As one of top ten coffee producing countries in the world, Vietnam has famous coffee brands such as Central Highlands Coffee, Trung Nguyen Coffee, Buon Ma Thuat coffee. Along with a variety of coffee brands, Vietnam coffee culture are also quite diverse. Working in Vietnam for a long time, I had chances to visit 3 large regions of the country (which are so-called the North, the South, and the Central) and saw the differences in the way people in each region enjoy their coffee. I myself found very interesting when observing and discovering these differences.
In general, Vietnamese people often enjoy a cup of coffee in a very different way so that foreign tourists may be surprised about this. In many other countries like America, Italy, France, etc, if I want to drink a cup of coffee, I must find a coffee shop or a semi-automatic coffee machine. In contrast, in Vietnam, especially in Saigon, I can easily buy a delicious cup of coffee on a street vendor. These types of street vendor have the presence in every corner of the city with very reasonable price. Coffee drinking culture in Vietnam has not only the distinct features in comparison to other places but also the differences in its own regions. Due to the influence of the weather and regional culture, coffee drinking habits of Hanoi (the North Vietnam), Hue (the Central Vietnam), and Saigon (the South Vietnam) are quite different.
The coffee culture of Hue can be encapsulated in three words, which are dense, sophisticated, and slow exactly similar to the characteristics of Hue people. In Hue, it rarely see an amusement parks, therefore, in the free time, local people often come to a coffee shop to enjoy a cup of coffee. Hue people seldom go to a luxury coffee store. On the other hand, they prefer to sit on a street stall along a river or on pavements. Being different from Hanoi and Ho Chi Minh, Hue people just only drink filter coffee. Coffee shops in Hue only offer two choices for customers including iced coffee and lattes. Looking a way people here drink a cup of coffee in a slow and relaxing manner, I felt a little bit curious about how these cups tasted, hence, I tried one. At first, I felt this cup a bit hard to drink because it was strong dense and heavy. Late on, I tried drinking in Hue style instead of American styles as usual by slowly sipping my coffee. And guess what, it was really an exclusive experience. I could feel the smell of pure coffee beans and the sweet taste of milk mixed into each other.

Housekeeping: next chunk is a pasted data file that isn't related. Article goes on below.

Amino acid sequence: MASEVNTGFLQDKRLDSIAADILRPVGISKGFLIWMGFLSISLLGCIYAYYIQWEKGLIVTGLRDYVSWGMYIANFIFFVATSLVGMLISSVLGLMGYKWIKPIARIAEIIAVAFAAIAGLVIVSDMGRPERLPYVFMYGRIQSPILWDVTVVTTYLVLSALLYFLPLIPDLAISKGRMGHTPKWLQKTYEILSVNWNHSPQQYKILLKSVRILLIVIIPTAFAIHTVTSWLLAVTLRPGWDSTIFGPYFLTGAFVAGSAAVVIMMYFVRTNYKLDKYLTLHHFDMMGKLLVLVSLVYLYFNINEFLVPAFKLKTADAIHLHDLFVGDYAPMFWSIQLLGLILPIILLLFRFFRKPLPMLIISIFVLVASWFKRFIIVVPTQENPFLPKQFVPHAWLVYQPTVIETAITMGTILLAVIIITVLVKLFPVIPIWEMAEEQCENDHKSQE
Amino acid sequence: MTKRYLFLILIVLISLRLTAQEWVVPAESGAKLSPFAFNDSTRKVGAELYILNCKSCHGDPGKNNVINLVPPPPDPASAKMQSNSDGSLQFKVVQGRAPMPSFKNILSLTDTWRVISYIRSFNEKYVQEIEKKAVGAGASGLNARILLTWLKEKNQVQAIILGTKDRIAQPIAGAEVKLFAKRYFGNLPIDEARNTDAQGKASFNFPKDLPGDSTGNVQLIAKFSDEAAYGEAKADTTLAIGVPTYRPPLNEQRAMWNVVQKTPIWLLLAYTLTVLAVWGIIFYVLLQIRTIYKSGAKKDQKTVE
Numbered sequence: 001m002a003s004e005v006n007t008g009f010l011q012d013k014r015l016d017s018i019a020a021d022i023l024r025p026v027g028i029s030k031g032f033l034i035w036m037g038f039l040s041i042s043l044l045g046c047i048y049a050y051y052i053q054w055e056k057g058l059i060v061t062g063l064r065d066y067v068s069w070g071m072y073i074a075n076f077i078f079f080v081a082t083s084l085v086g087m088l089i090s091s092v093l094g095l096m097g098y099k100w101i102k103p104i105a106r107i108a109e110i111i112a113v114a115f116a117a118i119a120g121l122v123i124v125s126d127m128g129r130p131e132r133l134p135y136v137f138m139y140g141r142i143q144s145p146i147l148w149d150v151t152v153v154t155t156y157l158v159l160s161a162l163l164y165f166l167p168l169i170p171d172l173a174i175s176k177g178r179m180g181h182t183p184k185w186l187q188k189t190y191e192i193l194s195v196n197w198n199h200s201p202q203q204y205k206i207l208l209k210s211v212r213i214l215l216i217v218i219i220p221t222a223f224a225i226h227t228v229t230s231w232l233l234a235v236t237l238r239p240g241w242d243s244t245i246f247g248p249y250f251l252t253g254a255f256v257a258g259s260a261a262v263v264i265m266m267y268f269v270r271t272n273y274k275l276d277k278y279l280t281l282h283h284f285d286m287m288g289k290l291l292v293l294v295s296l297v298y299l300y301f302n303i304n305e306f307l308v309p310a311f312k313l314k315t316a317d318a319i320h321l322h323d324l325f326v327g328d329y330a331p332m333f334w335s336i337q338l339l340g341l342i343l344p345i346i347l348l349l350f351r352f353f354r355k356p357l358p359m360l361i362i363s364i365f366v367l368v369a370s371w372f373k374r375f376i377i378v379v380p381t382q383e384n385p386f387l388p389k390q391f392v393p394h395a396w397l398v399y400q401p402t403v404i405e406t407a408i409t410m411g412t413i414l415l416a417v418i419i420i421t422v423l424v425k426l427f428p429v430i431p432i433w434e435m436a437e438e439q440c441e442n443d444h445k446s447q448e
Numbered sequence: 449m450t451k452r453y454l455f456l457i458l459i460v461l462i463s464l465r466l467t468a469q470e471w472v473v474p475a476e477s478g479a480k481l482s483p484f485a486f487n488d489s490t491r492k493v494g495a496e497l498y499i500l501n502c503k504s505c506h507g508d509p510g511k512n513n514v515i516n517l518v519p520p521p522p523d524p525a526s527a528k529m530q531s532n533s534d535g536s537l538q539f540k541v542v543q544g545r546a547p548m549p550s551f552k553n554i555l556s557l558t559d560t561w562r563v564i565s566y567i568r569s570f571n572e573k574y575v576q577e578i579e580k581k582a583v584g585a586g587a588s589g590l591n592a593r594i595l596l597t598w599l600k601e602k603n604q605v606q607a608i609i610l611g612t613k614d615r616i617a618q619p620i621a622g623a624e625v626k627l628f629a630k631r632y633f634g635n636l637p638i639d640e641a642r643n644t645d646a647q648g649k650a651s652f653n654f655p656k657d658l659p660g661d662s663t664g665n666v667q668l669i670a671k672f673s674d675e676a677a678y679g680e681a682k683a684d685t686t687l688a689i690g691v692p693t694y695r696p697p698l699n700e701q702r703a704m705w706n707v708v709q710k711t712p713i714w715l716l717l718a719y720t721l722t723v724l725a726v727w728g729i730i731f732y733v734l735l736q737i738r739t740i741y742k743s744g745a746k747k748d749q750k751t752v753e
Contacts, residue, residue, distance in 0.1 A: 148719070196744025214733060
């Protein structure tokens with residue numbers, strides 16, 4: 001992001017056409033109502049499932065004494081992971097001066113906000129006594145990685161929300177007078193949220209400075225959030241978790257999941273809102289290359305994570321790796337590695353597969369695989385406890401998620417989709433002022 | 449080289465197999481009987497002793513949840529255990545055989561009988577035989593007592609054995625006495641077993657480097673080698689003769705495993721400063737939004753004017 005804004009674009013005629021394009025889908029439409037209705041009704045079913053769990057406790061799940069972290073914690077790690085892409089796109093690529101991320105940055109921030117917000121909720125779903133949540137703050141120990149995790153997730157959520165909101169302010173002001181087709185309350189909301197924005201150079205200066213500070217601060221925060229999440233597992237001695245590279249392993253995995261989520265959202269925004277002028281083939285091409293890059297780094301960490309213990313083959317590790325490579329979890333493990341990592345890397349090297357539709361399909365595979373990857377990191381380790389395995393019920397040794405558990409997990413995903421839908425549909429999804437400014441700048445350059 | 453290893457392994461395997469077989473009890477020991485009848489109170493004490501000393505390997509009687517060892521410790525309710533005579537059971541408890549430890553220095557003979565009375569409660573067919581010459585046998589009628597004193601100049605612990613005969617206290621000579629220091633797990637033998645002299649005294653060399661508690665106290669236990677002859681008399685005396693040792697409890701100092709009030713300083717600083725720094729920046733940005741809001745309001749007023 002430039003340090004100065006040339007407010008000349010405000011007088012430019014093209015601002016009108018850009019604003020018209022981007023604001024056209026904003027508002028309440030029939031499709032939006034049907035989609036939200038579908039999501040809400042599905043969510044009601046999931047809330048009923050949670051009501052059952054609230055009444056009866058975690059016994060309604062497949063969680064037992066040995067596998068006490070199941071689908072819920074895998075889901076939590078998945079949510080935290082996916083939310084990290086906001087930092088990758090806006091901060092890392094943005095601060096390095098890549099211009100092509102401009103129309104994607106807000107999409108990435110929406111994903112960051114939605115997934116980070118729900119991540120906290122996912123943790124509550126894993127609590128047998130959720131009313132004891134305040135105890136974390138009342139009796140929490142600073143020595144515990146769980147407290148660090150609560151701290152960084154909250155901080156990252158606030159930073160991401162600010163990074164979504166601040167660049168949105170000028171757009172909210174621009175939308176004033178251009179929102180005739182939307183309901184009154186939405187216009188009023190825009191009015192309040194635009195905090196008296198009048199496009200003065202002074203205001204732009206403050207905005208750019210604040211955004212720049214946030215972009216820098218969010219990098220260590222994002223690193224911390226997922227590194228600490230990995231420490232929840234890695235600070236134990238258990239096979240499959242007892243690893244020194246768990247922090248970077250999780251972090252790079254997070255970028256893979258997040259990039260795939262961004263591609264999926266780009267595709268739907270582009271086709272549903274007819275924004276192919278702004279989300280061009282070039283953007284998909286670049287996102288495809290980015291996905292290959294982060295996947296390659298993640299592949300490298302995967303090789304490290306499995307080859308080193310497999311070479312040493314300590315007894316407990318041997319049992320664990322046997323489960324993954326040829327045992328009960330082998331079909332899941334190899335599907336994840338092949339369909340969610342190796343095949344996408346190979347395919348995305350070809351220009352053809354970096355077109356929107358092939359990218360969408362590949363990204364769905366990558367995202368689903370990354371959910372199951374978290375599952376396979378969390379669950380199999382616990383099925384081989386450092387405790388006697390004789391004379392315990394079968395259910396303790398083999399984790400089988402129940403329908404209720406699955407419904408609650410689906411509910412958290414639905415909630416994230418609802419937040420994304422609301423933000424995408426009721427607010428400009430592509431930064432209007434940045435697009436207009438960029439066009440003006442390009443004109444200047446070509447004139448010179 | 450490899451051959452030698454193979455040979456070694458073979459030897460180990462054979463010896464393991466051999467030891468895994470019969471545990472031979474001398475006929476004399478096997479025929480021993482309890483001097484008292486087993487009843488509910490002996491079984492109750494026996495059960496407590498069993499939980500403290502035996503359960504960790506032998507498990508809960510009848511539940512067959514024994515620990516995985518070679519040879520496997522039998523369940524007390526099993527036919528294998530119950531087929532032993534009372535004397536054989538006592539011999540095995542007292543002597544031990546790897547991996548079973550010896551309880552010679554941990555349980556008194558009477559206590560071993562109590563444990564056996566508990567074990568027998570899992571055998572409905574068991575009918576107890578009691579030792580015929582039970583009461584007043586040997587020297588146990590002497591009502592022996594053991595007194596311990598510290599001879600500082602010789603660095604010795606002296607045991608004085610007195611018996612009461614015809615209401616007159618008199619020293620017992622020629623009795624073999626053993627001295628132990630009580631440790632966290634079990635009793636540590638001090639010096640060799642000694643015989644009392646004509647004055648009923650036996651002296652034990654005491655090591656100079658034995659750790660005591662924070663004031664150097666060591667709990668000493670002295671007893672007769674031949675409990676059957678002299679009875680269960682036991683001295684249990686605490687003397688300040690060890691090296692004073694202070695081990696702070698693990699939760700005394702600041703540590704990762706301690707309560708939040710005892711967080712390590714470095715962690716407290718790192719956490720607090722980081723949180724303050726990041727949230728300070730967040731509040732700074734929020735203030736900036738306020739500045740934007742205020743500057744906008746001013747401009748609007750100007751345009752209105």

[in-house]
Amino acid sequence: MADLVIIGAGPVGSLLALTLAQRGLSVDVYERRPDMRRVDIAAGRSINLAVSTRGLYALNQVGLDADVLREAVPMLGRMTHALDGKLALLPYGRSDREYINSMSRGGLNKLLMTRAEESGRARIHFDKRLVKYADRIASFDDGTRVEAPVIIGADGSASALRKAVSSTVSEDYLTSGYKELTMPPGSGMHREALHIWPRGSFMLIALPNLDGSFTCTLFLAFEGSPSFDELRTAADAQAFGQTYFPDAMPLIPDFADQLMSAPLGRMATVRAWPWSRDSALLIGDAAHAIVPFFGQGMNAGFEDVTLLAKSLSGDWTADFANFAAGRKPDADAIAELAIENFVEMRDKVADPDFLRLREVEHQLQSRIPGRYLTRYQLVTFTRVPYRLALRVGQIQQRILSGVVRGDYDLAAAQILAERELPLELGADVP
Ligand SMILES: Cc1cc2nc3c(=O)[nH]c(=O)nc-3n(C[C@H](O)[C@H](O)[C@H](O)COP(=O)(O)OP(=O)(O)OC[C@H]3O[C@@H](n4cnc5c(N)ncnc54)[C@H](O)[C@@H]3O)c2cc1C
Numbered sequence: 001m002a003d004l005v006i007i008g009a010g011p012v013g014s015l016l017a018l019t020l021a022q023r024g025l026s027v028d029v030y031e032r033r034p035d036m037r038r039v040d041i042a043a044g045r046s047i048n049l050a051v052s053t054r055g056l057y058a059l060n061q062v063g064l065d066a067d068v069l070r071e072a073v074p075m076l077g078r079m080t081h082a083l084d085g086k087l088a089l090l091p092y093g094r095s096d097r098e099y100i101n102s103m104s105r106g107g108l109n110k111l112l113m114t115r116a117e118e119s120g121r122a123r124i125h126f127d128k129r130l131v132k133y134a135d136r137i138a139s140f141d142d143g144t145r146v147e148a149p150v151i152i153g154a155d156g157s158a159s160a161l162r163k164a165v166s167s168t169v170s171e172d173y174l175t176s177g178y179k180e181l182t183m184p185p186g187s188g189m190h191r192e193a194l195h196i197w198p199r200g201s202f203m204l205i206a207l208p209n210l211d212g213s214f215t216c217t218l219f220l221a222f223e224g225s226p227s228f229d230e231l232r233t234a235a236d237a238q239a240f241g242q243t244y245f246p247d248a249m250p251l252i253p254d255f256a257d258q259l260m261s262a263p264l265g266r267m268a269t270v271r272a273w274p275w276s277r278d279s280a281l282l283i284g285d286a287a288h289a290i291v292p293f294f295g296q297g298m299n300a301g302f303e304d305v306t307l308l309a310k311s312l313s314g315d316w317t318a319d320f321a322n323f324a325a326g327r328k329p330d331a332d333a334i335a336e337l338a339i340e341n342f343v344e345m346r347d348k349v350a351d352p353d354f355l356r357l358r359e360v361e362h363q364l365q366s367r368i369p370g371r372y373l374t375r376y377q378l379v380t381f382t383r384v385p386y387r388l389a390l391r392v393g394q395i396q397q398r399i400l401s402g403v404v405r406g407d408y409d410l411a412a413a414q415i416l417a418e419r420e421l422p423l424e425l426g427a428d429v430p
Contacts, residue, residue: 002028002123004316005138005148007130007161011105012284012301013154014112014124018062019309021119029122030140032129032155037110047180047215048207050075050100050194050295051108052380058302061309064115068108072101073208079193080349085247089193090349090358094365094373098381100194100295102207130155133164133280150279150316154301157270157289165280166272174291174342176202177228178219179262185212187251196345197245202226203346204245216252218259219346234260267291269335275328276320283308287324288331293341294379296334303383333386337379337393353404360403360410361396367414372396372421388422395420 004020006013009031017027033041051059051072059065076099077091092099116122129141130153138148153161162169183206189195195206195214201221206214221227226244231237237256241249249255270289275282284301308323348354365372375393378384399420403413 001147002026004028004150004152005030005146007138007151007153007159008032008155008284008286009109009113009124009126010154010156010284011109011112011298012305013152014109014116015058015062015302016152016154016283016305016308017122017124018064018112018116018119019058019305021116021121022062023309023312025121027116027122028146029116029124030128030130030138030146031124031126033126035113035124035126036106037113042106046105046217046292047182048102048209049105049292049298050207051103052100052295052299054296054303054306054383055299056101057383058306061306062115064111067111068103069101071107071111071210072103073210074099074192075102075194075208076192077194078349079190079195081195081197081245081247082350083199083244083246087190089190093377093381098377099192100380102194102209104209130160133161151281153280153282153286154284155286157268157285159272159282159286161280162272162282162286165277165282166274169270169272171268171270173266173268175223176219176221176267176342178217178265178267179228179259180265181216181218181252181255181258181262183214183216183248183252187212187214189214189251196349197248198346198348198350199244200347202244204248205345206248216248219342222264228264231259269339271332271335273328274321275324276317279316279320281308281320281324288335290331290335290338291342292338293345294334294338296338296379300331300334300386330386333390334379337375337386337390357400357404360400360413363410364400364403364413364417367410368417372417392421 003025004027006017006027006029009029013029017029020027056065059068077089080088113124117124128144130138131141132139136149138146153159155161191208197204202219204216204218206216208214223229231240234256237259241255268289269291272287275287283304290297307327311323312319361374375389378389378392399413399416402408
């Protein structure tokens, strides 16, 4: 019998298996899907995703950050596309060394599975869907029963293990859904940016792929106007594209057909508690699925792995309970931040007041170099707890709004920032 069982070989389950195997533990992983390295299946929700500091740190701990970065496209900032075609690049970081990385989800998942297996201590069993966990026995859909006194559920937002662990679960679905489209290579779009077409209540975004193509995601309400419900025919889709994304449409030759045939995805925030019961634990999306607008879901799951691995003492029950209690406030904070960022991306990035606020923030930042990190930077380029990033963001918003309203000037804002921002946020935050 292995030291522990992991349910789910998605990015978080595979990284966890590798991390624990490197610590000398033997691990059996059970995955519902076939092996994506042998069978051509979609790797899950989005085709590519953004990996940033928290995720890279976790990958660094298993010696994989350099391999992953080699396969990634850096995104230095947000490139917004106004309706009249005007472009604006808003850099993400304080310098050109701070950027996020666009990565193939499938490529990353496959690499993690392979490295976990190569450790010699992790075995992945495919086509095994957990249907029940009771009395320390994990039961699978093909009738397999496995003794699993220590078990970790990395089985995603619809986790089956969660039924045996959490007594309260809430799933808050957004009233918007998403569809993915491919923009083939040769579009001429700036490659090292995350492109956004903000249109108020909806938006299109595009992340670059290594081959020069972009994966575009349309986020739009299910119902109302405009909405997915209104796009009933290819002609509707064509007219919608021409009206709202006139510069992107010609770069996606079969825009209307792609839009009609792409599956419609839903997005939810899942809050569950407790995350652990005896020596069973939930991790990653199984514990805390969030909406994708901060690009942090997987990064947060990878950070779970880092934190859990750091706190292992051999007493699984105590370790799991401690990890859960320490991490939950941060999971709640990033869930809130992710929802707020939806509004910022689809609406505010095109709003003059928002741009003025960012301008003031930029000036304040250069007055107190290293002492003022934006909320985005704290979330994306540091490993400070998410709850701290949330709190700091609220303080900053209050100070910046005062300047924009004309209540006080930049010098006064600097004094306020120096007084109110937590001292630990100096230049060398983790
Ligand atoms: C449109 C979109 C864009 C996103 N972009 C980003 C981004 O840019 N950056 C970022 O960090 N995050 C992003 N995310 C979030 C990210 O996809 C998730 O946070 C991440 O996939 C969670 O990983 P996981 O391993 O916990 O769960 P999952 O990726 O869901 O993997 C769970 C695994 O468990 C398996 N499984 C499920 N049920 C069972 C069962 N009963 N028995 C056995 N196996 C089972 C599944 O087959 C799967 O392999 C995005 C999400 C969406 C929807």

Hanoi coffee culture is similar to Hue in terms of the drinking habit. Hanoi people also like to enjoy a cup of coffee in the most relaxing and comfortable way and chat with their friends. Nonetheless, Hanoi people do not drink coffee as much as Hue. Another different point is while Hue people love drinking coffee in the morning, Hanoian prefer enjoying in the evening when they have free time. Coffee in Hanoi is more diluted than Hue with more various options including latte, black coffee, and egg coffee without or with iced. Egg coffee is my favorite beverage in Hanoi. To have this cup, I saw a bartender whisking an egg yolk to frothy goodness with sweetened condensed milk. It's very delicious with good-looking appearance.
Unlike Hue and Hanoi, Saigon people consider coffee not only a drink to sip but also refreshment. First time arriving in Saigon, I was totally amazed when seeing a boy took a swig of coffee as if he were drinking sugarcane juice. The ingredient of Saigon coffee is quite special with more iced and less coffee. Entering into a coffee store in Saigon, I had a slight culture shock because whether I called a latte or a black coffee, waiters gave me a cup with the same flavor. One stranger thing, Saigon people often drink coffee in a glass with a straw. Their coffee is so sweet and diluted that I almost cannot feel the bitter taste of coffee. Anyway, I had an interesting experience with Vietnam coffee culture.
Working in Vietnam for a long time, I have gradually found my great love for this small but beautiful country. At first, like other foreign people, I had culture shock when starting living here. However, currently, to be quite honest, I was influenced a lot by Vietnamese culture, especially Vietnam coffee culture. Instead of sitting in a luxury coffee, I love drinking a cup in a street vendor, sipping a cup of coffee with strange flavor and admire surrounding landscapes and people. It may be the most relaxing moment in my day.